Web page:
In this week’
I tend to
In this week’
I tend to
We read about Amalek in Parashat B’shalach. As the first to attack the Israelites once we are freed from Egypt and wandering through the desert, Amalek gains some level of notoriety. In M’chilta D’Rabbi Yishmael, Rabbi Eliezer of Modi’in suggests this is due to the tactics Amalek used in the attack. “Amalek ‘sneaked’ under the edges of the cloud and snatched the souls of Israel and killed them,” (as the Torah hints later in Deuteronomy) — “When you were weary and worn out, [Amalek’s army] met you on your journey and attacked all who were lagging behind; they had no fear of God” (M’chilta D’Rabbi Yishmael, Amalek, on Exodus 17:8).
In Parashat B’shalach we read that God instructs Moses to “Inscribe this in a document as a reminder, and read it aloud to Joshua: I will utterly blot out the memory of Amalek from under heaven!” Our fascination with Amalek reflects both the Torah’s and our own human desire to connect all of our enemies to one great, focused, overpowering source of evil.
Redemption! Parashat B’shalach is a Torah portion of glory — glory in the Song at the Sea, the poetic celebration of liberation from Egyptian bondage, and glory in the details of the Israelites’ first steps out of Egypt.
The parashah begins with the verse that sets the scene for the entire next thematic section of the Book of Exodus, the Israelites’ early adventures wandering in the desert. Exodus 13:17 reads, “Now when Pharaoh let the people go, God did not lead them by way of the land of the Philistines, although it was nearer; for God said, ‘The people may have a change of heart when they see war, and return to Egypt.’ ”
Rabbi Bonnheim shows a particular, timely insight in her reference to the “Israelites’ anxiety about their new reality.” When we think of Parashat B’shalach, our first images often turn to the miracle at the Sea of Reeds, an explosion of rapturous song and joyful dance, and the celebration of the new-found state of freedom.
But not here.
This journey, with its dangling carrot of collective redemption, presents itself in alternating forms of paralytic panic, fear of the abyss, relentless struggle, and loss of control. A leave-taking moment, indeed.
Traveling in Tanzania on safari, my husband pointed excitedly to a gazelle bending down in the tall grass. After a moment, I realized why he was so excited – the gazelle was standing over a wet, furry ball: a baby gazelle. Newborn gazelles are on their feet within a few days, but this calf was only hours old, still wet with amniotic fluid, and not yet able to stand on its spindly legs. The mother stood over her tiny treasure, nestling the baby in the grass. Then the mother moved away and viewed the baby from distance.
Our guide reassured us, the newborn gazelle was healthy. "The mother is moving away as way of protecting him," he explained. "By himself, the calf is very well camouflaged in the grass. Predators will have a hard time seeing him. But if the mother were to stand next to him, they would see her, and then would be more likely to notice the defenseless baby next to her. This way, any predators will see her, not the calf, and she can distract them should they come too close to where the calf is hiding."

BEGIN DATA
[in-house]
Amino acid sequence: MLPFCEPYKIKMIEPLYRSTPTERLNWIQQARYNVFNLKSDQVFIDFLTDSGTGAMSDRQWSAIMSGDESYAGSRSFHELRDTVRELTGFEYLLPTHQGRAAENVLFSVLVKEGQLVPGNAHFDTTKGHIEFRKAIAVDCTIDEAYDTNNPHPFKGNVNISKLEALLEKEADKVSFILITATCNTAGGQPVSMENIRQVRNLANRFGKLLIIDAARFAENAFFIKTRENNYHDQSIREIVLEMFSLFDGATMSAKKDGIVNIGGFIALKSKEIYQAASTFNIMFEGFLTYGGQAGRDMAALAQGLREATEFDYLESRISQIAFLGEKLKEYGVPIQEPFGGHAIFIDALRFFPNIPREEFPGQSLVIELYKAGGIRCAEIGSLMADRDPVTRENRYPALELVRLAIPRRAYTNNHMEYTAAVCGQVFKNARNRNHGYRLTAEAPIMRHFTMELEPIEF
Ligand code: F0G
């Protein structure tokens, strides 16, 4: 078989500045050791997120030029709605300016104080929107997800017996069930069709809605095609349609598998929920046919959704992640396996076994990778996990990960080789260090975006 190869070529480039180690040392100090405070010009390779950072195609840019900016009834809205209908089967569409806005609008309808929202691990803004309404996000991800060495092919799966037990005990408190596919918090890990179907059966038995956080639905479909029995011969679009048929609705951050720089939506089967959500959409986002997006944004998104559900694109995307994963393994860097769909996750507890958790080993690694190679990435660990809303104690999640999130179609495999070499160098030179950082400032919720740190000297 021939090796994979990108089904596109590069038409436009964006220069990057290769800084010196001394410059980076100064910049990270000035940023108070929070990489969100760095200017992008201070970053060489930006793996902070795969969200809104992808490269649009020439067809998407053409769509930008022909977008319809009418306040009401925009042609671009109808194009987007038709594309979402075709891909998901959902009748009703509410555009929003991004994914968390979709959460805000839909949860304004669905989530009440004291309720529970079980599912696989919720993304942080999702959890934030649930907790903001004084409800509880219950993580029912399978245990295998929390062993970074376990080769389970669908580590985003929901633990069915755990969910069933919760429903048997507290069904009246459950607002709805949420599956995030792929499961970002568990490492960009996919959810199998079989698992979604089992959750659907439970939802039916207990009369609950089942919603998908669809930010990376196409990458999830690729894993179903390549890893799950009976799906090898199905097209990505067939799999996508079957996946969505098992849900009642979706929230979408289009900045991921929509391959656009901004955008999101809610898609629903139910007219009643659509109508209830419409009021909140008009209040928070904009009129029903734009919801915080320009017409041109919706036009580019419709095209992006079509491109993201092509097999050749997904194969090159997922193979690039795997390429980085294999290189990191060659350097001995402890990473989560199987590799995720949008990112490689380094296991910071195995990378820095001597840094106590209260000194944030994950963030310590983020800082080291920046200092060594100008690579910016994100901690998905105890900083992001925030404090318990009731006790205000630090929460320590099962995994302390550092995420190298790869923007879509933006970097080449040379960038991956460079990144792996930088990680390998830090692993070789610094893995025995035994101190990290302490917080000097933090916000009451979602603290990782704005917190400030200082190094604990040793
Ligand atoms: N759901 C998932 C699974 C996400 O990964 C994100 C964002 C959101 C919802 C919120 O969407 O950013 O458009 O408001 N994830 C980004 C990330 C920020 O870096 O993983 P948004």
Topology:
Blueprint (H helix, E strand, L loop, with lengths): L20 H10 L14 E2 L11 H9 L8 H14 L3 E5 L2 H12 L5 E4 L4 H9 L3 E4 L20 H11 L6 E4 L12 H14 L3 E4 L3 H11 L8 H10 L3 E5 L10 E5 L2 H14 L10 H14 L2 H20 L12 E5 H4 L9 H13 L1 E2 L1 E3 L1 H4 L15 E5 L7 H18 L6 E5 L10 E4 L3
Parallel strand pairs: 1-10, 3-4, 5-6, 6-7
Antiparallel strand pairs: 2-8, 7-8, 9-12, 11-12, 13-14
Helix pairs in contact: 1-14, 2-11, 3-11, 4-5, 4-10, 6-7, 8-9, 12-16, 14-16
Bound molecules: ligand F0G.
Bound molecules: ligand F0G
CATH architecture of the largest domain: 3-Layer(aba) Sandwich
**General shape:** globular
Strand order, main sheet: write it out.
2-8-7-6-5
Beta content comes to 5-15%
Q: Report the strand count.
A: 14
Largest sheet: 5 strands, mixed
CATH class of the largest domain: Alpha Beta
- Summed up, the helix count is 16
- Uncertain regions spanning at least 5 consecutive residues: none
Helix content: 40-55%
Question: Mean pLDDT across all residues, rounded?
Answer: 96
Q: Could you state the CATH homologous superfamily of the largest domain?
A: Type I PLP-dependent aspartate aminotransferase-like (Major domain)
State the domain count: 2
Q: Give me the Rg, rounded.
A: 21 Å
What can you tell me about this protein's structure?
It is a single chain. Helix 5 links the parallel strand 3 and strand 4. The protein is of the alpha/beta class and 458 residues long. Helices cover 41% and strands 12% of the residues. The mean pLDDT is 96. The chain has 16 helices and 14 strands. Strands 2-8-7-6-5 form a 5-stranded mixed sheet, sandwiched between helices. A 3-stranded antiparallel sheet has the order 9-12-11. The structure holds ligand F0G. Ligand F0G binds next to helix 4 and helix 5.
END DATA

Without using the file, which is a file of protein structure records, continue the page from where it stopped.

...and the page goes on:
In this week's Torah portion, B'shalach, our ancestors experience a similar moment of protection that must have seemed at first like a moment of abandonment.
The Israelites, newly escaped from Egypt, not yet across the Red Sea, have been led by God's Presence. As the Torah describes: "The Eternal went before them in a pillar of cloud by day, to guide them along the way, and in a pillar of fire by night, to give them light, . . . the pillar of cloud by day and the pillar of fire by night did not depart from before the people" (Exodus 13:21-22). All is well. The Israelites are journeying on their way defiantly, with no concern for the Pharaoh who had so long held them captive (see Rashbam on Exodus 14:8).
When we reach Parashat B'shalach, the cantors with whom I am lucky enough to work know that the greatest gift they can give me, on years that the stars align, is the gift of chanting Shirat HaYam, the Song at the Sea. If I get that chance, it is usually on the 7th day of Passover. Year after year, I am overcome with emotion watching the congregation rise around the Torah, chanting the words and the melodies that guide us through the sea.
As I started reading this week's portion, Parashat B'shalach, I could not believe its implication for what is currently happening in Israel.
Three years ago, my parents commissioned a sumptuous talit for my installation.
Then Miriam the prophetess, Aaron's sister, took a timbrel in her hand, and all the women went out after her in dance with timbrels. And Miriam chanted for them, "Sing to Adonai…" (Exodus 15:20-21)
"And the waters returned and covered the chariots and the horsemen, even all the host of Pharaoh that went in after them into the sea; there remained not so much as one of them."
Exodus 13:17 - 17:16 is a study in divine control.
Who is like You, Almighty God, who split the Sea of Reeds for our people to cross . . .
At the very same moment I opened the draft of Rabbi Klein's d'var Torah , I also opened a solicitation from the Weizmann Institute of Science.